Plasma structure and dynamics have been studied by injecting plasma blobs (PB) into the ionosphere using two MR-12 rockets launched from Volgograd in 1978-1979. The mother-daughter system was used, and the daughter payload, which contained the plasma gun, was stabilized by rotation and separated at an altitude of 110 km at a speed of 2-3 m/s. The pulsed plasma was ejected to an altitude of from 110 to 145 km along and transverse to the rocket, which corresponded to pitch-angle ranges of 0-40 degrees and 70-110 degrees. The diagnostic equipment included an ion probe, a photometer, and electric and magnetic field detectors. A model of the PB processes was constructed, and it was confirmed by the experimental results: e.g., (1) the longitudinal size of the PB's reached several hundreds of meters, and the PB plasma density was found to be about 10 to the 7th to 10 to the 8th per cu cm and (2) the magnetic field had completely diffused into the PB

  4. Analysis of plasma behavior in a magnetic nozzle of laser fusion rocket

    Nagamine, Yoshihiko; Yoshimi, Naofumi; Nakama, Yuji; Muranaka, Takanobu; Mayumi, Takao; Nakashima, Hideki

    1997-01-01

    A magnetic nozzle concept in a laser fusion rocket is suitable for controlling the fusion plasma flow and it has an advantage that thermalization with wall structures in a thrust chamber can be avoided. Rayleigh-Taylor instability would occur at the surface of expanding plasma and it would lead to the degradation of thrust efficiency, due to diffusion of the plasma through ambient decelerating magnetic field. A 3D hybrid particle-in-cell code has been developed to analyze the plasma instability in the magnetic nozzle. The resultant linear growth rate γ of the instability is found to be 2.96 x 10 6 and it is in good agreement with the theoretical value from conventional Rayleigh Taylor instability. (author)

  5. Pre-launch simulation experiment of microwave-ionosphere nonlinear interaction rocket experiment in the space plasma chamber

    Kaya, N. (Kobe University, Kobe, Japan); Tsutsui, M. (Kyoto University, Uji, Japan); Matsumoto, H. (Kyoto University, Kyoto, Japan)

    1980-09-01

    A pre-flight test experiment of a microwave-ionosphere nonlinear interaction rocket experiment (MINIX) has been carried out in a space plasma simulation chamber. Though the first rocket experiment ended up in failure because of a high voltage trouble, interesting results are observed in the pre-flight experiment. A significant microwave heating of plasma up to 300% temperature increase is observed. Strong excitations of plasma waves by the transmitted microwaves in the VLF and HF range are observed as well. These microwave effects may have to be taken into account in solar power satellite projects in the future.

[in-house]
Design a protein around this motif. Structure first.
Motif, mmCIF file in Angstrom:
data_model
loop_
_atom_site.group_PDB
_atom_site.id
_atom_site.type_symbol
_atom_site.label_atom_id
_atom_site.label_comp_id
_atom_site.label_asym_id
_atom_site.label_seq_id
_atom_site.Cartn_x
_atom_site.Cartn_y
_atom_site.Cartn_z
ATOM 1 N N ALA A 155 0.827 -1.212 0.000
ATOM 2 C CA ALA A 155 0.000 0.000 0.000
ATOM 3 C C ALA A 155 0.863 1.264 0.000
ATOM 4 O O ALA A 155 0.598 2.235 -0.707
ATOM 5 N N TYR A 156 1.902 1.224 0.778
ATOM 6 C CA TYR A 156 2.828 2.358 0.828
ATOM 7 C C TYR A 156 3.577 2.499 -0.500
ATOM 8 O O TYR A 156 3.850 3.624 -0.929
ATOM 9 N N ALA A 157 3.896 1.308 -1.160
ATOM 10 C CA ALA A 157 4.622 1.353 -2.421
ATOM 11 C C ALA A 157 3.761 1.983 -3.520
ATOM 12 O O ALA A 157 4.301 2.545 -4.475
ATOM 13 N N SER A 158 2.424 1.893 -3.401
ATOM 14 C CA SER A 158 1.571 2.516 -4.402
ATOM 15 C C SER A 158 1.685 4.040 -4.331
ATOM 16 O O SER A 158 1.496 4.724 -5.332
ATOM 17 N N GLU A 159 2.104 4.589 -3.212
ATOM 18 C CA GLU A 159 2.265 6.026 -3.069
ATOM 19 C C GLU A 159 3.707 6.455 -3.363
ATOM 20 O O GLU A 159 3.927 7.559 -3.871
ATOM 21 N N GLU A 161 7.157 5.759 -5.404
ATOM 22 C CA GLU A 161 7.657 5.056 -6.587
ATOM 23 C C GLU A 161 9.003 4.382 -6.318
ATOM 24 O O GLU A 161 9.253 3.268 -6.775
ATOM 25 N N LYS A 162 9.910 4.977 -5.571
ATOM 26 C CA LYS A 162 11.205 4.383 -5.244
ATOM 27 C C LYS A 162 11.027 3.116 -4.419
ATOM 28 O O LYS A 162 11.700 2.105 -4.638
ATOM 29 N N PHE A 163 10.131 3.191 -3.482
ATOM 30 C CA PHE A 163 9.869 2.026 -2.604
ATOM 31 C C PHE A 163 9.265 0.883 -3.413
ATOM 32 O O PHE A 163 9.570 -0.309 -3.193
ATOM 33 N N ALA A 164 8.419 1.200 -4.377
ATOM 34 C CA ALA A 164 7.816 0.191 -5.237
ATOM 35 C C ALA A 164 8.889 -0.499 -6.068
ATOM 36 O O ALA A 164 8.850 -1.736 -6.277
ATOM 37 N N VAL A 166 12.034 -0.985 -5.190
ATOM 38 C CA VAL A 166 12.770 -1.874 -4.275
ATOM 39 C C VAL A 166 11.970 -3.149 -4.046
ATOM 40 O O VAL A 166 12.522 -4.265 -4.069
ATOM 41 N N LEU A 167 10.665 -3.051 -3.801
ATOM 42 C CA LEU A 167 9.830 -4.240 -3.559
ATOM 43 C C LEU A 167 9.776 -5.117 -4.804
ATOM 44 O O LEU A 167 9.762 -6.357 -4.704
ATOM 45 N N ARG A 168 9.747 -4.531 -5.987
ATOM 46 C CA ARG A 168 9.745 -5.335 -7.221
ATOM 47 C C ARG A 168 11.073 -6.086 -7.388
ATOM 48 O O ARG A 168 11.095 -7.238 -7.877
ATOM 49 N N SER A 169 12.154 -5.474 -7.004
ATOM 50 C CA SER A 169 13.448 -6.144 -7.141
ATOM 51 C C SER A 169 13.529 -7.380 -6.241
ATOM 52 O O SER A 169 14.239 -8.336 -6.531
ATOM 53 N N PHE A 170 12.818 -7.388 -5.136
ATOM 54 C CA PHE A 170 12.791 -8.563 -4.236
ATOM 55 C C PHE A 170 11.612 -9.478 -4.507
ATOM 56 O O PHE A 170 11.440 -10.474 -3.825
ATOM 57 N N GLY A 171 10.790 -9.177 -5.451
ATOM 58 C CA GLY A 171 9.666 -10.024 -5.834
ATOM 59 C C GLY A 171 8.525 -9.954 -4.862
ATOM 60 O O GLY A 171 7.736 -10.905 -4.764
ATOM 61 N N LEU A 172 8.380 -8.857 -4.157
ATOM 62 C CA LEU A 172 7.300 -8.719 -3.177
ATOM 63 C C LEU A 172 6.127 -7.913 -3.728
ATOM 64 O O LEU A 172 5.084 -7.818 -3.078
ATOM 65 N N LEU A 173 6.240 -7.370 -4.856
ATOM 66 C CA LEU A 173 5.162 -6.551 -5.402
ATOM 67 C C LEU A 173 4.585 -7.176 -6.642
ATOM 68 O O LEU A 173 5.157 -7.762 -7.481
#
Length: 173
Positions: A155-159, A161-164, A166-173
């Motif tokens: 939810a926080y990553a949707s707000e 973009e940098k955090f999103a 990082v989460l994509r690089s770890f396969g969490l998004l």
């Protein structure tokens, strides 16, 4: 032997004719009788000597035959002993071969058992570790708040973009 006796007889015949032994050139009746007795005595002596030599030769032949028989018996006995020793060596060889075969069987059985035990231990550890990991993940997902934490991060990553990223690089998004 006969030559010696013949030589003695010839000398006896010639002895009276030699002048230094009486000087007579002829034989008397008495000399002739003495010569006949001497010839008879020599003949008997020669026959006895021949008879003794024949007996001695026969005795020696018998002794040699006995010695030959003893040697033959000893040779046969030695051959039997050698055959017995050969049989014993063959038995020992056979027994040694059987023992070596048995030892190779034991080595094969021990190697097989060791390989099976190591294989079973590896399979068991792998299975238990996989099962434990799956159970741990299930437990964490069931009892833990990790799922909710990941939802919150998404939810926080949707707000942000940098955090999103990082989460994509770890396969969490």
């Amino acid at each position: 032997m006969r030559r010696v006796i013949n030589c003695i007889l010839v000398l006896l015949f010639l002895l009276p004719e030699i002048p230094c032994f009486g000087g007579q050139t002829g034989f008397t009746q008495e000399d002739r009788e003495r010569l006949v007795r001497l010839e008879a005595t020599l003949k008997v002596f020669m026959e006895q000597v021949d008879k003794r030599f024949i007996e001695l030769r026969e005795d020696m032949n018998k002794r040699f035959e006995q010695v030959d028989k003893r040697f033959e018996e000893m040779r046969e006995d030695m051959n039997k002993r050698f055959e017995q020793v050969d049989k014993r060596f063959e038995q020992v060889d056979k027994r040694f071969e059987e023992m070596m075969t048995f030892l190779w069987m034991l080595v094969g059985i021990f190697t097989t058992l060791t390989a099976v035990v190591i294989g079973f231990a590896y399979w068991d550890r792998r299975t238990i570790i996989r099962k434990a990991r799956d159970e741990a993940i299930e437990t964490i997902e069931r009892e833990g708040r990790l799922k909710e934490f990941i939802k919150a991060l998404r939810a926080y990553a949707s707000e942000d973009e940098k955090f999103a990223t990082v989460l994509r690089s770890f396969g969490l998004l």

6. Structured waves near the plasma frequency observed in three auroral rocket flights

    M. Samara

    2006-11-01

    Full Text Available We present observations of waves at and just above the plasma frequency (fpe from three high frequency electric field experiments on three recent rockets launched to altitudes of 300–900 km in active aurora. The predominant observed HF waves just above fpe are narrowband, short-lived emissions with amplitudes ranging from <1 mV/m to 20 mV/m, often associated with structured electron density. The nature of these HF waves, as determined from frequency-time spectrograms, is highly variable: in some cases, the frequency decreases monotonically with time as in the "HF-chirps" previously reported (McAdams and LaBelle, 1999, but in other cases rising frequencies are observed, or features which alternately rise and fall in frequency. They exhibit two timescales of amplitude variation: a short timescale, typically 50–100 ms, associated with individual discrete features, and a longer timescale associated with the general decrease in the amplitudes of the emissions as the rocket moves away from where the condition f~fpe holds. The latter timescale ranges from 0.6 to 6.0 s, corresponding to distances of 2–7 km, assuming the phenomenon to be stationary and using the rocket velocity to convert time to distance.

  7. Structured waves near the plasma frequency observed in three auroral rocket flights

    M. Samara

    2006-11-01